One last bit of racing news that didn't surprise me. Instead of the usual "two-spot difference in tire compound", for Monaco they're only having a one-spot difference. Bridgestone has brought the super-soft and soft compounds to the track. This is good... there's no grip to begin with, what with the public roads making up the circuit, and throw in the small rear wing and it's miserable out there. Every car at nearly every turn was fishtailing, and at one point it looked like Nelson Piquet Jr was actually drifting through Mirabeau. While it WOULD have been exciting to see the medium tire compound on the cars, it also would have been an excitement that didn't last long. Perhaps all the way to Massanet, perhaps not, but it would have been exciting.
Qualifying on Saturday... see you then!
May 19, 2009
May 18, 2009
Also the shortest track, the slowest track, the tightest circuit, the one with the most elevation changes and the fewest straightaways. In fact, you're hard-pressed to find anything straight anywhere on the circuit. But, oh, it is glorious if you win!
The track map:
You start in the front "straight", from Anthony Noghes to Sainte Devote, and begin going uphill more or less the entire way to Casino. From there, it's downhill all the way to Portier. Along the way you have to crawl through Loews (turn 6), the tightest turn in F1 (if not the world of auto racing), at 30mph.
After Portier, you hit the highest speeds in the run through the Tunnel (oh, and you're nearly blind in the process) to the Chicane, the whole way along the harbor packed with pleasure boats worth more than some F1 teams. You scream through Tabac (well, inasmuch as any car "screams" on the Monaco circuit), run past the Swimming Pool (aka Piscine), slam on the brakes in time to hit La Rascasse, avoid the parked Ferrari of Michael Schumacher at Noghes, and then you do it all again... 78 times.
Meanwhile, the fans are behind Armco barriers mere inches away from the action while sunbathers lie on the rooftops of the five-star hotels that dot the circuit. If it wasn't for history, there's no way Monaco would be on the calendar. There's no runoff area except for short escape areas near Sainte Devote and turn 13. Everything else? Armco everywhere. A slight mistake means your race is over, your suspension shattered, your front wing skittering down the road without the rest of your car.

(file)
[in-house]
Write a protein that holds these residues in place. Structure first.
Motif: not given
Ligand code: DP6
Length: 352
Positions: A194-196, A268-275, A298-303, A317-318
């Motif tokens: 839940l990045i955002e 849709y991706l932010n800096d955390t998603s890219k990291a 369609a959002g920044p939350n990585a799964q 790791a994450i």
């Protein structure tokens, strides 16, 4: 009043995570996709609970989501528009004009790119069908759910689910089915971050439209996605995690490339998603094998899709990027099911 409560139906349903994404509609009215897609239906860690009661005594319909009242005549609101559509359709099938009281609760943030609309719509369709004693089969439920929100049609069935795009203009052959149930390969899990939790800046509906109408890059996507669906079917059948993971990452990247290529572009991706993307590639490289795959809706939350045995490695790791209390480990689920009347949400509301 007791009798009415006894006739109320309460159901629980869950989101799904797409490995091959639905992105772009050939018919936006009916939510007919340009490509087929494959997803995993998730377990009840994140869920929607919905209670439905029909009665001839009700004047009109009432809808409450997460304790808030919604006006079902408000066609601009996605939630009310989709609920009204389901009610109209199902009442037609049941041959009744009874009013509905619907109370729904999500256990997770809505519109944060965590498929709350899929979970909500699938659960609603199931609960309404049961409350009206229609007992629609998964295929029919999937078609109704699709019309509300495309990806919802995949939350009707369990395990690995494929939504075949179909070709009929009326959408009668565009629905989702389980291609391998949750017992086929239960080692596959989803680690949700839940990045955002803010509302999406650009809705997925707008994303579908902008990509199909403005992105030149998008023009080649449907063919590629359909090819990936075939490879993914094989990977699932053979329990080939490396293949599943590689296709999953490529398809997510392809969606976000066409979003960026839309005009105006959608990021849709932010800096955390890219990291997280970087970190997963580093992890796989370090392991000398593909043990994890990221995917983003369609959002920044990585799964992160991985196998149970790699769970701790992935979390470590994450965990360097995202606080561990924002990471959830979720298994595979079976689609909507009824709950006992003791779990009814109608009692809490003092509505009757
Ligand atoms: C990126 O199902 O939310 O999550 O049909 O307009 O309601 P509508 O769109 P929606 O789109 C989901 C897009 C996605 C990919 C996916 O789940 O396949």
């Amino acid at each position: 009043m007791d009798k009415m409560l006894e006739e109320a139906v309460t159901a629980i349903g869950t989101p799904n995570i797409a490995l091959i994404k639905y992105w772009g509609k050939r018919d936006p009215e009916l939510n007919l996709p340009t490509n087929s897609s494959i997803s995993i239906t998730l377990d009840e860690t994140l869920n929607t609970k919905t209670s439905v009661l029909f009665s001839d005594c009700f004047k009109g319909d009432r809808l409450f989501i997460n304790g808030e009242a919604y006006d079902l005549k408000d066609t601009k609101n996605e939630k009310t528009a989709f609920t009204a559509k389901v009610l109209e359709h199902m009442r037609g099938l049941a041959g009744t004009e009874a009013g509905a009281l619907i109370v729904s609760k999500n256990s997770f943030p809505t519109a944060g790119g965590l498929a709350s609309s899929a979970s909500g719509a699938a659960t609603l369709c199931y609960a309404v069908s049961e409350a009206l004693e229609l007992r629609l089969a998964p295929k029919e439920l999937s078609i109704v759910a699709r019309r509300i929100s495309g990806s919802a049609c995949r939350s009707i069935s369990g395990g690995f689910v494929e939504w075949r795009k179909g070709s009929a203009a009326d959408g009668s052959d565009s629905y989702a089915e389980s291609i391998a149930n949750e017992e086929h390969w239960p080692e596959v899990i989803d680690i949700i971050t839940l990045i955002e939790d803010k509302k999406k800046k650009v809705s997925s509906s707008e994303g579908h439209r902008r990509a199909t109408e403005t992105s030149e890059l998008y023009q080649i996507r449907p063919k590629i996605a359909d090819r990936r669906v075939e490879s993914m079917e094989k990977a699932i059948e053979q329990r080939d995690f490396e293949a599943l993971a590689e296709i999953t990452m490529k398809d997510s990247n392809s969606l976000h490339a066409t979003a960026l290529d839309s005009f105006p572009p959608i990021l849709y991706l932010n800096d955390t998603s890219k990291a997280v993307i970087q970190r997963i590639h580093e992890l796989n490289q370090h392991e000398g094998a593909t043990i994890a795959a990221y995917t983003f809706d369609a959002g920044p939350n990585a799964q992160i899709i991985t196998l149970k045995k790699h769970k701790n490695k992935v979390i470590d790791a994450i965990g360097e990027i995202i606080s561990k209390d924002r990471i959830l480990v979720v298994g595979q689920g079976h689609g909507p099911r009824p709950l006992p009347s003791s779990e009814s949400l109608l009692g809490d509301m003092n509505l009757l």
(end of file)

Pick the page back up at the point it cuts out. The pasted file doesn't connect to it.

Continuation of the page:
Famously described as "trying to bicycle around your bathroom" or "flying a helicopter in your living room," Monaco is one of the three wins in racing's unofficial Triple Crown (Monaco, the Indianapolis 500, and the 24 Hours of LeMans). Now-NASCAR driver Juan Pablo Montoya is the only current driver who has won two of them, and only Graham Hill has succeeded in accomplishing the task.
Last year's race was a wild one that saw Force India's Adrian Sutil with a shot at the podium late, until Kimi Raikkonen ran into him from behind on a wet track, and McLaren's Lewis Hamilton taking the win. This year, who knows? With all the technical changes, cars that are slower on other circuits may very well be favorites here! That's the beauty of Monaco, and the good folks at SPEED will be bringing it all to us (more-or-less) LIVE!
It all kicks off on Thursday, May 21st, from 7am to 840am, with the 2nd Practice session. Again, that's Thursday, not Friday as is usual; yet another of Monaco's quirks. Friday is an off-day, but then everything kicks off again on Saturday, May 23rd with Quals from 7am to 830am, plausibly live. At this track, if you ain't up front at the beginning of the race, it'll take a miracle (or a crash) for you to have a chance, so you'll see drivers pushing harder than normal... and crossing their fingers.
Finally, Sunday, May 24th, from 630am to 9am, brings us live coverage of the Grand Prix of Monaco, with a replay from 430p to 7p. A wonderful start to the racing fan's unofficial holiday (Monaco in the morning, the Indianapolis 500 during the day, then NASCAR's Coca-Cola 600 at night)!
See you then!
May 15, 2009
Which is better, I suppose, than having the two-tier plan, but not by much. Talks will continue in Monaco on Friday, May 22nd, which is an off-day during the GP of Monaco race weekend.